Readers write, July 29


Chastise lawyers who empower patent trolls

Last year, our small IT company was a victim of a patent troll (“’Patent trolls’ drain money, innovation,” Opinion, July 24).

Though we refused to submit to the legalized bribery of a patently ridiculous demand letter, we had to pay thousands in attorney’s fees to protect our company. Congress needs to act to stop the economic drain caused by these trolls — but it would also help if our state bar would better police the attorneys who file these utterly meritless cases on behalf of trolls, and wreak havoc on innocent companies.

Giving legal access to patent trolls violates lawyers’ oaths. They know better.



Classroom dissections may densensitize kids

Many thanks for publishing the column, “Do dissections teach animal cruelty?” (Opinion, July 22). This column was thought-provoking and informative.

I would like to highlight and add to what Professor Rosenberger said: “For example, parents may be concerned that classroom dissection inadvertently teaches the wrong lessons about how we should treat animals.” When animals are considered “tools,” it is easy to become desensitized. Much of the animal cruelty in our society is a result of this desensitization.

Rosenberger also mentioned that teachers can receive alternatives to dissection at little to no cost. Here are two sites that provide an abundance of resources free of charge:, and



Cartoonist’s attacks on GOP getting old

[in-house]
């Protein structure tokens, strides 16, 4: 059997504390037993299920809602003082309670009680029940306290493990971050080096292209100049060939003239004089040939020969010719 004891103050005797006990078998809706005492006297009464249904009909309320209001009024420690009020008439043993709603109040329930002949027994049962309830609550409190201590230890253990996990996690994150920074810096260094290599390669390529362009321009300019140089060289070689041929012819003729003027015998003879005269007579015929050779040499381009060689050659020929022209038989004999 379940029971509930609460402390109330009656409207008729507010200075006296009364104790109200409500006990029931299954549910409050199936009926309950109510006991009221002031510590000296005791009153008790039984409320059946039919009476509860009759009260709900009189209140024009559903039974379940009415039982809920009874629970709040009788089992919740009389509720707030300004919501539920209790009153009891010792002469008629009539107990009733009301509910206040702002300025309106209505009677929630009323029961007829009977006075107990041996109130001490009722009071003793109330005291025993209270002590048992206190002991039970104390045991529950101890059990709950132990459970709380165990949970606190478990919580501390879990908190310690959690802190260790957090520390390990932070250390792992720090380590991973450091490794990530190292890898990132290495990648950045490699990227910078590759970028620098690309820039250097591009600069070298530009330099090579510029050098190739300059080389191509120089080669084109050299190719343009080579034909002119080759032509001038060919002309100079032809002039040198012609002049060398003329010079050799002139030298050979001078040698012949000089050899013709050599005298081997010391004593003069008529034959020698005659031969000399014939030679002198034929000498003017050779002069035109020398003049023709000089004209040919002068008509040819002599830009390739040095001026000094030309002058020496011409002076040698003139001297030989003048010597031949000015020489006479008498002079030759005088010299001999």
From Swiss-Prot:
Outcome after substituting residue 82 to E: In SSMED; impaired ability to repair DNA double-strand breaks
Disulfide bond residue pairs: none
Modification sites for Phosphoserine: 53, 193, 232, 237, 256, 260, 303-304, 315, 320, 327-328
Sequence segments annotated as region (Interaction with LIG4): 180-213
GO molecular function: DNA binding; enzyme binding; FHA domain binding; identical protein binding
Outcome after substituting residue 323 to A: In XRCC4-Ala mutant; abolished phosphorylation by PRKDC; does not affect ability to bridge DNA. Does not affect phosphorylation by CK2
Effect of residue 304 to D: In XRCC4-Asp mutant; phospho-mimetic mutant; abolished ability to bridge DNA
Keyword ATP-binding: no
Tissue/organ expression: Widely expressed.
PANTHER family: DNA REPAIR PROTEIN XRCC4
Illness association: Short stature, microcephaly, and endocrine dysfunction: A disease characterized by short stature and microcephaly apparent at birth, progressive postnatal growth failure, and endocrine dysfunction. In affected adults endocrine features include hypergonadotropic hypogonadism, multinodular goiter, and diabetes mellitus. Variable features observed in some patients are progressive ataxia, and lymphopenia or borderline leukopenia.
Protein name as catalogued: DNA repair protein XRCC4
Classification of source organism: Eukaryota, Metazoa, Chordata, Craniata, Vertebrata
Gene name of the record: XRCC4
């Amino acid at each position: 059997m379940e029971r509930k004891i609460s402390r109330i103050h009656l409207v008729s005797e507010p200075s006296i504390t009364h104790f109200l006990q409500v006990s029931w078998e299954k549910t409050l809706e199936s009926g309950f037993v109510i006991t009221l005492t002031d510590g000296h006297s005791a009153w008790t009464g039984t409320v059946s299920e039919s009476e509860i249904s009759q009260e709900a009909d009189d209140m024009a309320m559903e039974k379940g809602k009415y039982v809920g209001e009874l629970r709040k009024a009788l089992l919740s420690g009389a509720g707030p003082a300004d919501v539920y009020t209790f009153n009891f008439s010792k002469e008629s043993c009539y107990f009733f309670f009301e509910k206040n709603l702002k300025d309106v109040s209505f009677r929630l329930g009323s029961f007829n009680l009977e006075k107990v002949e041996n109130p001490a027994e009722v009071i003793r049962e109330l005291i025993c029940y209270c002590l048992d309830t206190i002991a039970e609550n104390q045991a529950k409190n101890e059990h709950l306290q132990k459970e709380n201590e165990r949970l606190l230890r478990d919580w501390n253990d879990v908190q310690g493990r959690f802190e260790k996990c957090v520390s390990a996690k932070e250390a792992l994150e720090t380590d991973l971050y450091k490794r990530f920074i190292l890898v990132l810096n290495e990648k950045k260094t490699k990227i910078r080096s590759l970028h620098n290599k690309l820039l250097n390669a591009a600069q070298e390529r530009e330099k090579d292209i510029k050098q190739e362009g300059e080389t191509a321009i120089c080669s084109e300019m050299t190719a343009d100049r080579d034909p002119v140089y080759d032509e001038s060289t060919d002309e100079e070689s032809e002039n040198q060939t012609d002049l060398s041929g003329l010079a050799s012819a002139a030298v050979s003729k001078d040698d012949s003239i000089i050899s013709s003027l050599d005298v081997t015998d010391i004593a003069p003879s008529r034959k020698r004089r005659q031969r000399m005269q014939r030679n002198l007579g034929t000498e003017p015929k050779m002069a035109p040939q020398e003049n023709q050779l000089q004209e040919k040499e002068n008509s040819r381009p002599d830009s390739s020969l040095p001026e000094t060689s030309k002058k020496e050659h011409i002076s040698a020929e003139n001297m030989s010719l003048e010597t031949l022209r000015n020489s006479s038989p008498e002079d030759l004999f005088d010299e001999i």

My guess is that the readers of the AJC are glad Mike Luckovich is not an expert in anything. If, for instance, he was an expert in the financial world, he would know that Obamacare has been touted by most experts as a financial disaster.

But Luckovich is nothing more than a liberal with a hatred of the Republican Party, and he would not care what an expert has to say as long as he believes he is disgracing the Republican Party. It really is getting old.



How would you react to a crowd of teens?

Are you a racial profiler?

Pretend for a moment that you are a middle-aged, white male sitting in your car parked in a seedy part of town. You are waiting for your friend, who is shopping. You notice five black youths walking down the sidewalk toward your car. They are covered in tattoos, their pants are hanging low, they are wearing “do-rags” and they are laughing loudly. You look around and notice that the car doors are unlocked. You quickly lock all four doors. Does that act make you a racial bigot, or are you just being reasonably cautious?

What if the five youths had been Hispanic or white, and were dressed and behaving in the same manner — would you have acted differently?


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